The verb take in isolation has primarily the meaning 'lay hold of with the hands, grasp, seize', etc. When combined with the lexical group of words denoting some means of transportation (e.g. to take the tram, the bus, the train', etc.) it acquires the meaning synonymous with the meaning of the verb go.

It can be easily observed that the main factor in bringing out this or that individual meaning of the words heavy and take is the lexical group with which the word in question is combined. This can be also proved by the fact that when we want to describe the individual meaning of a polysemantic word, we find it sufficient to use this word in combination with some members of such lexical groups. To describe but a few meanings of the word handsome, for example, it is sufficient to combine it with the following words--a) man, person, b) size, reward, sum. The meanings 'good looking' and 'considerable, ample' are adequately illustrated by the contexts [2].

The meanings determined by lexical contexts are sometimes referred to as lexically (or phraseologically) bound meanings what implies that such meanings are to be found only in certain lexical contexts.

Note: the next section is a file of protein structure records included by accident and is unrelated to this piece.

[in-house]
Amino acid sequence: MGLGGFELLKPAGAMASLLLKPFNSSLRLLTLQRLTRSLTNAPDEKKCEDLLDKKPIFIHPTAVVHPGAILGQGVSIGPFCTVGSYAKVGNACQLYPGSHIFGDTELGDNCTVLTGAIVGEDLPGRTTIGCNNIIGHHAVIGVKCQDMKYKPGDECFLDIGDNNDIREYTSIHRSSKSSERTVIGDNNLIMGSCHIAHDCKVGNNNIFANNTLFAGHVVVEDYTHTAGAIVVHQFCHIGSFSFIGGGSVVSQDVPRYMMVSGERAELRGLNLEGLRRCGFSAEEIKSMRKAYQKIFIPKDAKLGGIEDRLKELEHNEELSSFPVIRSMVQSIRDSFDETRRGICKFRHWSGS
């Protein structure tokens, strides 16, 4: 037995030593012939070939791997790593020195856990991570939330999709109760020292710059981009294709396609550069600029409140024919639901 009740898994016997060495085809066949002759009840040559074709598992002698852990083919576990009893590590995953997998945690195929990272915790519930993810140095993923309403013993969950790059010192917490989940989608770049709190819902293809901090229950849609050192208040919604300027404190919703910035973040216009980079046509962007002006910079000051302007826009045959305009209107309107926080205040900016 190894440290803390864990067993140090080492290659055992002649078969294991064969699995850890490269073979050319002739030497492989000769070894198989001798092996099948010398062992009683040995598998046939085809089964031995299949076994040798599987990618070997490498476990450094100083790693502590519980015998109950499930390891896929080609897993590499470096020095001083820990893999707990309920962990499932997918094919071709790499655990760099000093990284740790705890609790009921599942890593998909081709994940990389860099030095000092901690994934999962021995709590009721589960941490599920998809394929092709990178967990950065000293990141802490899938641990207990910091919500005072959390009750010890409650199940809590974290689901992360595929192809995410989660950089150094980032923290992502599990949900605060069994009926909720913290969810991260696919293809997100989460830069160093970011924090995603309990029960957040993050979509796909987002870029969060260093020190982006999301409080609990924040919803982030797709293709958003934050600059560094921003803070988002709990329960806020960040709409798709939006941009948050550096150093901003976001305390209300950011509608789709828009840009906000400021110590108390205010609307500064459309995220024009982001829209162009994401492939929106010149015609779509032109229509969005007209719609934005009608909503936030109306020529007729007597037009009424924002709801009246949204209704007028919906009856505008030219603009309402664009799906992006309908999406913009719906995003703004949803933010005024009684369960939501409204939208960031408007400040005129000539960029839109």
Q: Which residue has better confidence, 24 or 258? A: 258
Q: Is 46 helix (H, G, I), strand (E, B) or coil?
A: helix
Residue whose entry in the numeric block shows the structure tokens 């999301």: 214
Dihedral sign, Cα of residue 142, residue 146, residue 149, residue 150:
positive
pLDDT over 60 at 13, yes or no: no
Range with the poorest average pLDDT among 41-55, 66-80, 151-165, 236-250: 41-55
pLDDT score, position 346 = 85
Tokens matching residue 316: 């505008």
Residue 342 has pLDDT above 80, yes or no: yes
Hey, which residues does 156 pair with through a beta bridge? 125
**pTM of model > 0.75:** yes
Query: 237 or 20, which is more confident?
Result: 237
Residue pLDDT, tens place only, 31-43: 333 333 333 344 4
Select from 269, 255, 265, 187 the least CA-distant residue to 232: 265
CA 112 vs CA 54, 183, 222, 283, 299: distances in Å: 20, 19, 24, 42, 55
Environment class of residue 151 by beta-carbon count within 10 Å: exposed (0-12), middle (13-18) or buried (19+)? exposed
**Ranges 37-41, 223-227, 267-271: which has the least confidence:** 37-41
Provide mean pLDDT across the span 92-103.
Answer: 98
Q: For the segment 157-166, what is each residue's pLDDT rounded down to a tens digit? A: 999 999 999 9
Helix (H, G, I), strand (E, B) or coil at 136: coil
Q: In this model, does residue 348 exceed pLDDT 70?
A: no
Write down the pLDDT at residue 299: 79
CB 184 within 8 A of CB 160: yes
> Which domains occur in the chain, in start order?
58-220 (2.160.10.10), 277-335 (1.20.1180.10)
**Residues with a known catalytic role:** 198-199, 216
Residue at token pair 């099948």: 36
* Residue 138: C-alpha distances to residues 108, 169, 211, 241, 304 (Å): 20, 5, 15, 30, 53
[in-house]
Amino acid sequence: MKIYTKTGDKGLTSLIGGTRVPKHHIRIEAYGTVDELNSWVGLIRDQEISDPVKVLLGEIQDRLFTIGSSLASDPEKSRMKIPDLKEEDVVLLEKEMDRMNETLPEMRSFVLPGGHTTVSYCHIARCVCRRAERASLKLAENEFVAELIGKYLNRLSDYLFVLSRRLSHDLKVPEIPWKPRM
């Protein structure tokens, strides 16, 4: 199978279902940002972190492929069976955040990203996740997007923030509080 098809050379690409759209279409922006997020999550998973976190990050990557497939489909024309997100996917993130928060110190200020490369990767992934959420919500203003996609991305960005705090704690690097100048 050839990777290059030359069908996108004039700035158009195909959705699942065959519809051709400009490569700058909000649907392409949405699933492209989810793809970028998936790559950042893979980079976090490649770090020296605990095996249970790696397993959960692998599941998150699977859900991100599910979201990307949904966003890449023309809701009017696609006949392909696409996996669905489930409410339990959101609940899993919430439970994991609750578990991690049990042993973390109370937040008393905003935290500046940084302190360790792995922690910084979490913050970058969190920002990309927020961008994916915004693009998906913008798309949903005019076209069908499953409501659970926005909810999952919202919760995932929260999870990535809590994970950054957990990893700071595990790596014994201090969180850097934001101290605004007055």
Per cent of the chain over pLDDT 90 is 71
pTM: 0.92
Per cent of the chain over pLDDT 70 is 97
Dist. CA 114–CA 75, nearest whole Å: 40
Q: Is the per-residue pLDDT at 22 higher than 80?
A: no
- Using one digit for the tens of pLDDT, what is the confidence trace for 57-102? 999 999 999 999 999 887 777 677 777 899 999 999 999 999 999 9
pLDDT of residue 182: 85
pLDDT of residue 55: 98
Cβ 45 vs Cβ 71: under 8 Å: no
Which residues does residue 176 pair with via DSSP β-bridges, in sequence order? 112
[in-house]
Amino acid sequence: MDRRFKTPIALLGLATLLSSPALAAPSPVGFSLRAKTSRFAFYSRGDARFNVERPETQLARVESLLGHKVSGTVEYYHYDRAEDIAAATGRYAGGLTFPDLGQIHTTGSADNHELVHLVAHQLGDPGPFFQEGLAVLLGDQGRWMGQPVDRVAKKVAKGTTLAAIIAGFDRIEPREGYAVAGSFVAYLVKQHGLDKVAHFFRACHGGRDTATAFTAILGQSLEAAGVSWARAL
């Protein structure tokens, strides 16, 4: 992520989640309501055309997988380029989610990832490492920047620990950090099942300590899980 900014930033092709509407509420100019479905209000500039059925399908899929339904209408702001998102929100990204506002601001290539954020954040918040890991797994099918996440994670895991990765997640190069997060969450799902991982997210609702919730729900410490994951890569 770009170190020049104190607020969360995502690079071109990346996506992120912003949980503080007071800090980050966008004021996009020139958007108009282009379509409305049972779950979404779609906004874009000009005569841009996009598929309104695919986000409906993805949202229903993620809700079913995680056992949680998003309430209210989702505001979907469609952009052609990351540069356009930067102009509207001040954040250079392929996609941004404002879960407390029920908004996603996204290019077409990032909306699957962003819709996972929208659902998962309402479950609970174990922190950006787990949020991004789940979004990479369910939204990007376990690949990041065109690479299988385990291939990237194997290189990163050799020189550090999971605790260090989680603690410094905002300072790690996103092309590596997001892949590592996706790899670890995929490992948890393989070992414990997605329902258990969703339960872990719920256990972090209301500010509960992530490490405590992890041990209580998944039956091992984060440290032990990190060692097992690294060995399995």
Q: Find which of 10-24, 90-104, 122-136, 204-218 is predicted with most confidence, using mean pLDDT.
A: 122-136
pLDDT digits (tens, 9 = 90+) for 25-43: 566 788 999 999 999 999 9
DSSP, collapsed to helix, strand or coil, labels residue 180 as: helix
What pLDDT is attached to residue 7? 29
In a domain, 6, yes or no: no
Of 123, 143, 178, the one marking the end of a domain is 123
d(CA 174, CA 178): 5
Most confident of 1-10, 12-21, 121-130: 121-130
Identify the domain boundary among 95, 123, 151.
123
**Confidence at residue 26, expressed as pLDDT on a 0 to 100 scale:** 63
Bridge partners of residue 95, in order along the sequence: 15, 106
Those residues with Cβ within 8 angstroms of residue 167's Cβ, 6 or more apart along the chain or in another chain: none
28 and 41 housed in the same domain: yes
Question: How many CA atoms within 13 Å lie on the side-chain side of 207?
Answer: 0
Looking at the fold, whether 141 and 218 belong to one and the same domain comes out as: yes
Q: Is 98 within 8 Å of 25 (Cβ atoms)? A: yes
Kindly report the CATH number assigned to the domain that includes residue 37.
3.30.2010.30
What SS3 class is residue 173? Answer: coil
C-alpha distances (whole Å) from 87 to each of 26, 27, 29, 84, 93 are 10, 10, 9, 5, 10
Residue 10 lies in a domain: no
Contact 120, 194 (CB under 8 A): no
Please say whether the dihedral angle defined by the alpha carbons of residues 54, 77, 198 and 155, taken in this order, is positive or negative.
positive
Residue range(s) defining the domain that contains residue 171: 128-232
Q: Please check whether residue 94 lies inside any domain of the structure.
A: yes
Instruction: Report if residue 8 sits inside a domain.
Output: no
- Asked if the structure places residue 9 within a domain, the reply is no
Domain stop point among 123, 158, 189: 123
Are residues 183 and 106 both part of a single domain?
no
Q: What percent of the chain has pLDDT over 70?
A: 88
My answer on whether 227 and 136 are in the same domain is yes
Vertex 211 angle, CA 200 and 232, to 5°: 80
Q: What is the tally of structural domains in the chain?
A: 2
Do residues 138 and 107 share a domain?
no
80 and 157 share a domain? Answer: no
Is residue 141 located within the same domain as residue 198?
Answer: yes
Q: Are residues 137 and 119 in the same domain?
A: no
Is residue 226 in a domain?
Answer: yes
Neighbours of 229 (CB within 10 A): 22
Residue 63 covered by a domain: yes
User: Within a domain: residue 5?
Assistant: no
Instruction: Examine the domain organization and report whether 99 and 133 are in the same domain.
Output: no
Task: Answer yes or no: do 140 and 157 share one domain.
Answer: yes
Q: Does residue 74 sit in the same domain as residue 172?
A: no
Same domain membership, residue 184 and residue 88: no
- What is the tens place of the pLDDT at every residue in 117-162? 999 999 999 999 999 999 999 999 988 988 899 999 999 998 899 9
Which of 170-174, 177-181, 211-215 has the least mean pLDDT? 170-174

Some linguists go so far as to assert that word-meaning in general can be analyzed through its collocability with other words [4]. They hold the view that if we know all the possible collocations (or word-groups) into which a polysemantic word can enter, we know all its meanings. Thus, the meanings of the adjective heavy, for instance, may be analyzed through its collocability with the words weight, safe, table; snow, wind, rain; industry, artillery, etc. The meaning at the level of lexical contexts is sometimes described as meaning by collocation.

1.2.2 Grammatical Context

Prof. Amosova suggests that in the case of the grammatical context the semantic indication is provided by syntactical structure of the sentence in which the dependant is used.